College is the best time to grow in all aspects of life. It is a time of change, of challenging your beliefs and experiencing life as a more independent person for the first time, for many of us.
When deciding where to study, the international aspect of a university is a factor in one way or another. It may be because we want to know if there will be other students from our home country, or maybe we just want to know what kind of community we will be able to find. Whatever the case, the benefits of “international” education are endless. Almost a year ago, in March 2018, Times Higher Education made a list of the 200 most international universities in the world. Seven of this list were Canadian universities, all of them in the top 100.
In this context, talking about an international university is not just about the number of international students. Rather, it is about the way in which international students and staff work together on respectable research and other projects. This classification takes into account the ratio of international to domestic students, international students to staff, and the collaborations that occur. It is not just a question of international students, but of whether they are an active part of the university’s academic achievements. Times Higher Education takes very much into account how such research is cited, so how it has influenced the field and other aspects of the learning environment.
The seven universities on this list are:
University of British Columbia (24th)
McGill University (34th)
University of Alberta (40th)
University of Montreal (44th)
University of Toronto (50th)
McMaster University (54th)
University of Waterloo (60th)
The top six are also in the top 200 in their 2018 World University Rankings list. But this made me wonder, do they present themselves as “international”? And, in what way can they show it just through their websites? To that end, I looked at the websites of the top three.
University of British Columbia
From the outset, UBC promises prospective students “academic faculties and research facilities that are world-renowned for their influence and impact.” This university also prides itself on its diverse cultural, recreational and social activities. It explains that how each person will experience “student life” at UBC will depend on how each student chooses to build and create it, which honestly applies to any large university. This also implies that there is less “separation” from the eyes of the university between what the experience should be for international or domestic students. The opportunities will be there as long as the student is open to taking advantage of them.
UBC prioritizes “international engagement,” and the areas of current focus are China, India and Europe. Their strategic plan is available on their website, but they make it clear that while this is the current area of focus, they expect it to change within three to five years as they continue to move into other areas as much as possible.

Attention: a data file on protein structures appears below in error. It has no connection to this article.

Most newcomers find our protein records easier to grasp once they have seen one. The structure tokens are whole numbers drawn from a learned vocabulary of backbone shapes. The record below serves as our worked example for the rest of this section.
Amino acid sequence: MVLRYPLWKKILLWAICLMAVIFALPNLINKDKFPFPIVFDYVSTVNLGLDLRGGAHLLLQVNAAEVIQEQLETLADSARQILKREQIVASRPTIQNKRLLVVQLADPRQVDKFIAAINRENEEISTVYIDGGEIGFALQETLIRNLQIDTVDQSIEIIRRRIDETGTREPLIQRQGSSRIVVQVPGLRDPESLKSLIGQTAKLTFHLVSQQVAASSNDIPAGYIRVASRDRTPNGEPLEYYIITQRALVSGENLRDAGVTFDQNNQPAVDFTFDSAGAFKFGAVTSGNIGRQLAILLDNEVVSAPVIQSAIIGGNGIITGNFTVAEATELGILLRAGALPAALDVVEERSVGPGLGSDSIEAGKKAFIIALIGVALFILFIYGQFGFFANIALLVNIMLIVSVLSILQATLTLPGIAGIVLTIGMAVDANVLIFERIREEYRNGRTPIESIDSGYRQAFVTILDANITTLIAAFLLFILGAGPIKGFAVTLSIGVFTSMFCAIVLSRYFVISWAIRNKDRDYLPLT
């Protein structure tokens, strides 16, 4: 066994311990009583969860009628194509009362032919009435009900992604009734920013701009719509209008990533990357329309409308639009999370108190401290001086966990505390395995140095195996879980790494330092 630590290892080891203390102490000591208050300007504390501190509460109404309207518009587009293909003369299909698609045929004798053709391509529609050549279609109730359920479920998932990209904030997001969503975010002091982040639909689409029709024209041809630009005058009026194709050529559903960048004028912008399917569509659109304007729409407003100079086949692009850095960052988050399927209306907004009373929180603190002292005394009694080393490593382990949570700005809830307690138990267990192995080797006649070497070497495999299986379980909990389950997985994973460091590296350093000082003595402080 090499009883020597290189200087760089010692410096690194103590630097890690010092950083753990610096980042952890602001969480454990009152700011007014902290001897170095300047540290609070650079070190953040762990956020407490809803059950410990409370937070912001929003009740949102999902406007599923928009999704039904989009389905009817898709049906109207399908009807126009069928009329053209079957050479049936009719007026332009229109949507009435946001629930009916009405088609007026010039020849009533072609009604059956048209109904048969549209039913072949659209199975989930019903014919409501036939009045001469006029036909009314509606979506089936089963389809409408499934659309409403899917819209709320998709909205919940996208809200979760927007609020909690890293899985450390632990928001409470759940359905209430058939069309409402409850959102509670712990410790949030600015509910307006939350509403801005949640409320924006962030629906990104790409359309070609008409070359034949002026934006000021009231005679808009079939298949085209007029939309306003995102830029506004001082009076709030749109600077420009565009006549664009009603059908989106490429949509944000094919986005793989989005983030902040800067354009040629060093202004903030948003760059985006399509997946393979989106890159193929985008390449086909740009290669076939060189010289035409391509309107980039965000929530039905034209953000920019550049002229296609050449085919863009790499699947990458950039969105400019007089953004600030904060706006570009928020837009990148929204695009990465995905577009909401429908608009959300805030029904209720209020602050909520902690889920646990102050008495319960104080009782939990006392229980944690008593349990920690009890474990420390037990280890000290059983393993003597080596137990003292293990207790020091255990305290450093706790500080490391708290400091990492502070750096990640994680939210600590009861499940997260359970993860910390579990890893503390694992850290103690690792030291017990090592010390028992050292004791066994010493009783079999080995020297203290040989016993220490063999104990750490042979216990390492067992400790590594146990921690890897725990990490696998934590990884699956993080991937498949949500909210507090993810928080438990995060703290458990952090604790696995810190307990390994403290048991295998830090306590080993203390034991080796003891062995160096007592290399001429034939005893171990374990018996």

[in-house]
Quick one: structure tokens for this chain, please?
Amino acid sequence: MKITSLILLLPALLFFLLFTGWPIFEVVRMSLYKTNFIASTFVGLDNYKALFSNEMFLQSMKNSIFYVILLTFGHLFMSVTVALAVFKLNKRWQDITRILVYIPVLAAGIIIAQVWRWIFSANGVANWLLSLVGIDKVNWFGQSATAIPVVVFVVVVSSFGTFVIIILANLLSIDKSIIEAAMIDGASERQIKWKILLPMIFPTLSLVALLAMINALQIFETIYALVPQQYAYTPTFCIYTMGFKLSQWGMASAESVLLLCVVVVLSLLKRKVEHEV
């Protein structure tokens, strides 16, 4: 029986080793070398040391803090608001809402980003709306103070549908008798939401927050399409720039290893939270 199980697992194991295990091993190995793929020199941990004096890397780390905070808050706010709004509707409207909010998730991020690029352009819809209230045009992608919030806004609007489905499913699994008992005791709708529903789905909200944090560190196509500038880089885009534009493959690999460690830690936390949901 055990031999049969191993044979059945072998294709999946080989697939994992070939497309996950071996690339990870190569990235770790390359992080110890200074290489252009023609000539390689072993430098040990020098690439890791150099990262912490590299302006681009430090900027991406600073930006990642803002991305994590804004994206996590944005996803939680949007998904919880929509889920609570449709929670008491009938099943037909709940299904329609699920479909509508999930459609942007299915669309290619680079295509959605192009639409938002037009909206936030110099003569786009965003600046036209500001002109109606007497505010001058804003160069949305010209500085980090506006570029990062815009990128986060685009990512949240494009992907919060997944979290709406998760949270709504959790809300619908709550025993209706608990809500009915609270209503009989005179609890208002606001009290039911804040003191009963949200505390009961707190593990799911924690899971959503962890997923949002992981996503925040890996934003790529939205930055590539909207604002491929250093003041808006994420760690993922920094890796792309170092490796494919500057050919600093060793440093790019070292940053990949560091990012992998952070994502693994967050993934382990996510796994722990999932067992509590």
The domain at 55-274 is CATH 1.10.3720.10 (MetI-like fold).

As for the international student experience, they offer guidance that answers questions about: immigration, health insurance, taxes, study assistance, money management, campus safety, diversity and equity resources, among others. Their international student advisors are also all regulated citizenship and immigration advisors.
One of the first things McGill University is proud to tell prospective students is that not only does it have students from more than 150 countries, but that its student body “is the most internationally diverse of any research-intensive university in the country.”
McGill says it is committed to training “the best,” and says it has won more national and international awards than other Canadian universities. The average grades of students admitted to McGill are also the highest of any university in Canada, but don’t let that intimidate you. International students make up 31.3% of the student population.
To make the transition a little smoother, McGill has a Buddy Program that they promote in their International Student Services section. This system has been matching new international students with current students for 31 years. This “buddy” can help the incoming student by showing them around campus, Montreal, talk to them about housing and possible neighbourhoods, or just have a friendly face as soon as they arrive.
University of Alberta
University Alberta has 7000 international students from over 130 countries. This university prides itself on its high ranking in international employability, so its graduates will have the best chances of getting a job in Canada.
One of the main reasons University Alberta gives students for applying, in addition to its high ranking, is that it is an internationally recognized research institution. In addition, its international efforts focus on promoting education abroad, as well as well-funded global partnerships. U Alberta considers international students “an integral part of [the] university. They enrich the classrooms with different perspectives.”
In general, trying to rank universities according to their degree of internationality can be quite subjective. While Times Higher Education considers it to be “international,” others may prefer a more student-centered approach rather than academics. What kinds of clubs are popular with students at this university? What kinds of cultural activities attract attention? What do current international and domestic students think of your community?
Based on these questions alone, perhaps the list will change, so don’t let lists and rankings be a limitation. Consider them, look further, and then decide.